Canisius has beaten Niagara only three times since 2002, but this time, things may be different.

Canisius is coming off one of its best seasons in recent history, which included a trip to the Atlantic Hockey semifinals, and has started out hot this year. Niagara, on the other hand, had its league (College Hockey America) disband after the conclusion of last season. Niagara joined the Atlantic Hockey Association when no other league offered it membership.

Canisius has scored 19 goals so far this season and owns a 3-1-1 record, while Niagara has found the back of the net only 10 times and is still searching for its first win on this young season.

Historically, Niagara has gotten the better of the Griffs when they have met on the ice. In total, the two teams have played each other 19 times from since 1997, and Niagara leads the all-time series 12-6-1. Niagara has also outscored Canisius 74-47 in those games.

Canisius’ offense will be led by the senior duo of Cory Conacher and Vincent Scarsella, who have a combined six goals and 13 points through five games. The Griffs also have very good depth that will provide secondary scoring should Niagara shut down the top line.

The Canisius power play, which was such an asset last year, is looking strong again, even with newcomers running the unit. Special teams may be the difference against Niagara.

“I think it’s going to come down to the power-play goals on Tuesday,” Conacher said. “Against Niagara it’s always a battle. It’s going to be all about the PK and PP, and whoever wins that game is probably going to win the overall game.”

Niagara captain Ryan Annesley

Junior Dan Morrison has been a workhorse in goal, playing every game this season. He will have to contend with Niagara’s Paul Zanette and Ryan Annesley, the team’s captain. Zanette has scored three goals in four games, two of them coming on the power play, while Annesley leads the Purple Eagles with five points from defense.

Conacher currently leads Canisius in points with eight, and his five goals tie him for fourth nationally. Freshman Kyle Gibbons is not far behind with three goals and two assists. However, Gibbons isn’t the only young player who is playing well.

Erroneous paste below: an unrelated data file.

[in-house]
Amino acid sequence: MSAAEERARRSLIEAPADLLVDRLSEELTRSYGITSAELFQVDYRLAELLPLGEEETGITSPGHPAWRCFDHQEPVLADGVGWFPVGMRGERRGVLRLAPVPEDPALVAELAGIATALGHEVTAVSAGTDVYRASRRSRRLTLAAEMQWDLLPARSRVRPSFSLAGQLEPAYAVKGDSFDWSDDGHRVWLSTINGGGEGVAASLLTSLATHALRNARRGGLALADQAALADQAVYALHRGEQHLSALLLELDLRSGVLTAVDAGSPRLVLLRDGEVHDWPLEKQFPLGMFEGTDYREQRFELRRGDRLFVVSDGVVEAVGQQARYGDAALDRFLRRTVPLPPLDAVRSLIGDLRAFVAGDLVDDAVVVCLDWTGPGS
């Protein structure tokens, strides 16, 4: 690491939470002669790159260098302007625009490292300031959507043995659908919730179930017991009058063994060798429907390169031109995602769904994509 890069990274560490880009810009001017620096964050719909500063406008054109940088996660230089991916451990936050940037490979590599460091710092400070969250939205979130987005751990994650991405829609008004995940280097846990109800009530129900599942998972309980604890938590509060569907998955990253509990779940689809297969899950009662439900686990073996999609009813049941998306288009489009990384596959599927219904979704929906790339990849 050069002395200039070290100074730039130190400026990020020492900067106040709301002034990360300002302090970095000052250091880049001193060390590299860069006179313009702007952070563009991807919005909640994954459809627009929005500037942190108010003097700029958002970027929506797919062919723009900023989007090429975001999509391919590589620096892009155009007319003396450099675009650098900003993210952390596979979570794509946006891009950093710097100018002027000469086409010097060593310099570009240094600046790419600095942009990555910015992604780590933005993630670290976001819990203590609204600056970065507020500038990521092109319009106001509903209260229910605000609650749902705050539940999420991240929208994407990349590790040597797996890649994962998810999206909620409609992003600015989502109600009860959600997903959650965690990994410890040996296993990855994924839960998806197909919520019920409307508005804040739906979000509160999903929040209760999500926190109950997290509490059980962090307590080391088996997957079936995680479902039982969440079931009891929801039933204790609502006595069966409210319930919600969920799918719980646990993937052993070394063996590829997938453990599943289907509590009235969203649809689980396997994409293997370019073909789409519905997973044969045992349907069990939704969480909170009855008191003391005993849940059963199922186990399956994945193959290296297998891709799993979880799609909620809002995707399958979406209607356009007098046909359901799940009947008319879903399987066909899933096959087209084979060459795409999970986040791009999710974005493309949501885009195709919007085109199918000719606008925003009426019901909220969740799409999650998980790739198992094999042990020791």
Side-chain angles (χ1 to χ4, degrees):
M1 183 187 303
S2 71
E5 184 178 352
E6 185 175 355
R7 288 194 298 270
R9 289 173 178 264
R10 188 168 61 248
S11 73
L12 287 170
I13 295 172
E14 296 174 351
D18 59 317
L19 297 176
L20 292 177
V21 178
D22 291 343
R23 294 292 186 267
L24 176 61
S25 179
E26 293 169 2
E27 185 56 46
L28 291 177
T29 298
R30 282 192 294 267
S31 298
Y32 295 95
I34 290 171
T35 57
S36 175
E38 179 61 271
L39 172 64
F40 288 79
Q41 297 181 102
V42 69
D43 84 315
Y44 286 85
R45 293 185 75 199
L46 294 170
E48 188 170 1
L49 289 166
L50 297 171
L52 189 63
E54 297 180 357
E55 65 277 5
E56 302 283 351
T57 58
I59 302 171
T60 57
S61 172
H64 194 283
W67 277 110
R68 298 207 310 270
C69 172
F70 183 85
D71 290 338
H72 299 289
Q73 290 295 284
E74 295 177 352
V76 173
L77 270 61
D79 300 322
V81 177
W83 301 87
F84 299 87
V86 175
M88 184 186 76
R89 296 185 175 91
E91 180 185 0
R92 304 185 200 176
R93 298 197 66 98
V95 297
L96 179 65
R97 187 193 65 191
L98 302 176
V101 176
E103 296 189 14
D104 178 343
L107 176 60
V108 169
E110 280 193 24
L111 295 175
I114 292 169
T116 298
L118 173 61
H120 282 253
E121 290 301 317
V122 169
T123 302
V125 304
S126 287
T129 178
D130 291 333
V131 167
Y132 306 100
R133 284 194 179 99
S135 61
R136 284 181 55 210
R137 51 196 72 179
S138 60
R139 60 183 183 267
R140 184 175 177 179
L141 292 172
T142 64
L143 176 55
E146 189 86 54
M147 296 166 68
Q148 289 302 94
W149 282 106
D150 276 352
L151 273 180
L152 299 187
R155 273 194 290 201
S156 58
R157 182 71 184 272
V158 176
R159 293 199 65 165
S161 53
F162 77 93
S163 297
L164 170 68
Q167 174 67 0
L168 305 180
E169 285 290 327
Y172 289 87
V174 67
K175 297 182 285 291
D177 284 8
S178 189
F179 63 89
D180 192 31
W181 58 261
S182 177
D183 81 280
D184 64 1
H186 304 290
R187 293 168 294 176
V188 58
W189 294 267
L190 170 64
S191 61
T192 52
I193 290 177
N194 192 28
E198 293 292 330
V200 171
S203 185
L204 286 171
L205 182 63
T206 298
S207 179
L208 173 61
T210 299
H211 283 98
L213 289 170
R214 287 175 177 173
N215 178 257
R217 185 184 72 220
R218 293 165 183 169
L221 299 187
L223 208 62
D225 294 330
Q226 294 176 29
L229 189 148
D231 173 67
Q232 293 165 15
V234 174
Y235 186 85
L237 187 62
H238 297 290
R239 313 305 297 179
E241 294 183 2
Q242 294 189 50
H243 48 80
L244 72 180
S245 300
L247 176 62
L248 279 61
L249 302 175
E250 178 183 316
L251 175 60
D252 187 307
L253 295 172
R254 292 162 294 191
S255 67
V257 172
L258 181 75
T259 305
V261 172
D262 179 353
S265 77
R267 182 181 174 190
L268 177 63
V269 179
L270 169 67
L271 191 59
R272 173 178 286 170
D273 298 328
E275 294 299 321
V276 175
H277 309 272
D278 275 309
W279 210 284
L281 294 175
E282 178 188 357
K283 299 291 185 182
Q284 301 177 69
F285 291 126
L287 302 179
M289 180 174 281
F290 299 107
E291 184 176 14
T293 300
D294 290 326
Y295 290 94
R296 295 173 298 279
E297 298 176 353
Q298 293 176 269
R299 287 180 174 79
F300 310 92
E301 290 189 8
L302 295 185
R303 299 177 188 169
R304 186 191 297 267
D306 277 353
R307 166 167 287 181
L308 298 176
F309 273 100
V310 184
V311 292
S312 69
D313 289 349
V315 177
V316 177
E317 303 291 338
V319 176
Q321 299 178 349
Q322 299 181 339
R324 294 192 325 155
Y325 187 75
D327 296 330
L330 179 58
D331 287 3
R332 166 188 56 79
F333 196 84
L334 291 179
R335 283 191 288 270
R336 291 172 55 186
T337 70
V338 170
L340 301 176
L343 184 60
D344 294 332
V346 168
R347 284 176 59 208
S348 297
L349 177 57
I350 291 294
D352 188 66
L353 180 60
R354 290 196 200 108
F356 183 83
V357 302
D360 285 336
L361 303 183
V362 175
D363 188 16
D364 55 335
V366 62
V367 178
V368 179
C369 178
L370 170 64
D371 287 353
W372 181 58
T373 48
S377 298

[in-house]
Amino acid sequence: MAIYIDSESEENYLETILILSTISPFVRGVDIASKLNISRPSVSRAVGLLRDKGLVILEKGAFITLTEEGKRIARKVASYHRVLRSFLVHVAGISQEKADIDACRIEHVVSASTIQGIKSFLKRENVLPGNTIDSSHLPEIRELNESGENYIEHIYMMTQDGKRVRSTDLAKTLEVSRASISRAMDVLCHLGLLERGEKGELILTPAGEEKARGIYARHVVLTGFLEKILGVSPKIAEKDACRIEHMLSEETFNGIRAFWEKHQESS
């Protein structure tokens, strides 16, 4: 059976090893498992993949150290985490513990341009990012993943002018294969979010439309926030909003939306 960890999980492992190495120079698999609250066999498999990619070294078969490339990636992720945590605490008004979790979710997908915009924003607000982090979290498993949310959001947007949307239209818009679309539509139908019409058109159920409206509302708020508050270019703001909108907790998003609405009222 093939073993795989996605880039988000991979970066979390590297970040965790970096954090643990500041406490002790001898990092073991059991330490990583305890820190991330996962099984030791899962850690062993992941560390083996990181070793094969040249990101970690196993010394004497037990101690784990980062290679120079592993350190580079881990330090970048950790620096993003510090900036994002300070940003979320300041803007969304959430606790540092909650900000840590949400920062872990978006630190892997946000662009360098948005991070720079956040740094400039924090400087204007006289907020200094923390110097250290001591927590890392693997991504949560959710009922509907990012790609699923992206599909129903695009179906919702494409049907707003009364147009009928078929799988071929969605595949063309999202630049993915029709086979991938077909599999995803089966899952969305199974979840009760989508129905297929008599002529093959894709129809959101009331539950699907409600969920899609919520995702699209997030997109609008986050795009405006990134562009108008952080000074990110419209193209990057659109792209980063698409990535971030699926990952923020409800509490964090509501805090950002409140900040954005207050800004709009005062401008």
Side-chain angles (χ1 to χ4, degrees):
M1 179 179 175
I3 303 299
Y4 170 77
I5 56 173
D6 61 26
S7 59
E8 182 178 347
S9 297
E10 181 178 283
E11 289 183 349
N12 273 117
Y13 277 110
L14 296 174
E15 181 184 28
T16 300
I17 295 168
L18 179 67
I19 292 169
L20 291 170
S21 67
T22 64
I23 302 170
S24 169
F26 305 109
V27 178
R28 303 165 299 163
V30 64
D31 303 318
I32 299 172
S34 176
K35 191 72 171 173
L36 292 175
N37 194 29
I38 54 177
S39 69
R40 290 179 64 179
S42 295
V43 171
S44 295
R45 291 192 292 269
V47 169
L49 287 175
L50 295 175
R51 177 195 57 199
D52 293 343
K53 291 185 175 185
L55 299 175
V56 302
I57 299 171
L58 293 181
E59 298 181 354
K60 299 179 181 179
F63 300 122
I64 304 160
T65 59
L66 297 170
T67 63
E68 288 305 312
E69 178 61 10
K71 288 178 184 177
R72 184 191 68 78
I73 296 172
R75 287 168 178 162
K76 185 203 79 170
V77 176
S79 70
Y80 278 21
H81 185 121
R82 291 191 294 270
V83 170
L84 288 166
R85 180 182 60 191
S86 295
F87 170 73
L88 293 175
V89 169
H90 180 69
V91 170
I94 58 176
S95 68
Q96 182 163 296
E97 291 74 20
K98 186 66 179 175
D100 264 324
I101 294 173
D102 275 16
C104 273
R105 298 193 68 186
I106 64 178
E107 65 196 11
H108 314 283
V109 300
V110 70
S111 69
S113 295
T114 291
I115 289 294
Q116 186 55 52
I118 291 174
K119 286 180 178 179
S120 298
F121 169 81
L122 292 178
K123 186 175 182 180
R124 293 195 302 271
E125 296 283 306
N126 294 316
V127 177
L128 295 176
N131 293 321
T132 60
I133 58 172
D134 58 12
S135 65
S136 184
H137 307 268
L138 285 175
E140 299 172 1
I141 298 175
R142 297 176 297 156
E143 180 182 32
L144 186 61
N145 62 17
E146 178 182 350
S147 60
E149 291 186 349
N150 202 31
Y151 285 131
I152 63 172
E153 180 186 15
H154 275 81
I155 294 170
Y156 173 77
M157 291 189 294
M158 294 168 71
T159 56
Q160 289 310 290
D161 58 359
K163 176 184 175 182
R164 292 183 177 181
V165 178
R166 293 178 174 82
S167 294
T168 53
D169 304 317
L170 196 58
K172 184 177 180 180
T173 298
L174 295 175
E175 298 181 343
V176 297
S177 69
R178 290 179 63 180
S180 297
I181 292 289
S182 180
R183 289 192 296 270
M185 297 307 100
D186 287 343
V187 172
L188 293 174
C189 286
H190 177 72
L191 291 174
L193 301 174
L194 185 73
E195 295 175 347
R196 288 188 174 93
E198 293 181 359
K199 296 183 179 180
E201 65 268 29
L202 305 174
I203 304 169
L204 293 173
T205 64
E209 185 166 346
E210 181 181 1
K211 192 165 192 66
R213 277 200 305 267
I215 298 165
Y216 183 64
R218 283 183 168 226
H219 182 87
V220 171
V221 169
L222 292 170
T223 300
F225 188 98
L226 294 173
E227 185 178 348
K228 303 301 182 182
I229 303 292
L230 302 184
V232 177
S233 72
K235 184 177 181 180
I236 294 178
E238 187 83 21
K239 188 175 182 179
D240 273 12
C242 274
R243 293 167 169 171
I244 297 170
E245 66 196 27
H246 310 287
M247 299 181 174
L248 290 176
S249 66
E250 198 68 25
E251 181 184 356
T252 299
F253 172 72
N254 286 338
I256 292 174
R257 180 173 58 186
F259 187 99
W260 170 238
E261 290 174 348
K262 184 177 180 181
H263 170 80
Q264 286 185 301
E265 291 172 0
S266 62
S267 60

“Just because [the other freshmen] are not on the scoresheet doesn’t mean they’re not doing as much as Gibbons,” Scarsella said.

The newcomers are filling the holes well and make every line a threat to score. “This year we have a lot more depth than we’ve ever had,” Rauch said. “We can count on every line to go out there in any situation and get it done.”

The veterans are using their experience to set an example for the younger guys on the team going into a game this big.

“I remember my freshman year, I think I shook the whole time leading up to the [Niagara] game,” Rauch said. “You just have to stay calm; it’s just like any other game. You just have to go out there and give it your all.”

The teams meet at the Buffalo State Sports Arena at 7:05 p.m. on Tuesday. All students at the game will receive a free “White Out” t-shirt. There will be a shuttle running back and forth from the Student Center to Buff St., starting an hour before the game. Admission is free for all students with a valid ID.

Goaltender comparison: Morrison vs. Chubak

Junior Dan Morrison will be between the pipes for Canisius, and, in all likelihood, it will be freshman Carsen Chubak for Niagara. So far this season, Chubak has been named Atlantic Hockey Rookie of the Week, while Morrison is the reigning Atlantic Hockey Goaltender of the Week.

The Griffin took a look at the two goaltenders; only to find out they have extremely similar numbers. Here’s a look at how the pads stack up:

Canisius roster: 

 Niagara roster:

Stats of 10/28

All-time series:

This post is the extended version of an article appearing in The Griffin, Friday, Oct. 29, that was cut for space constraints. The piece was a collaborative work by two writers, whose names are withheld for privacy. You can see the article here.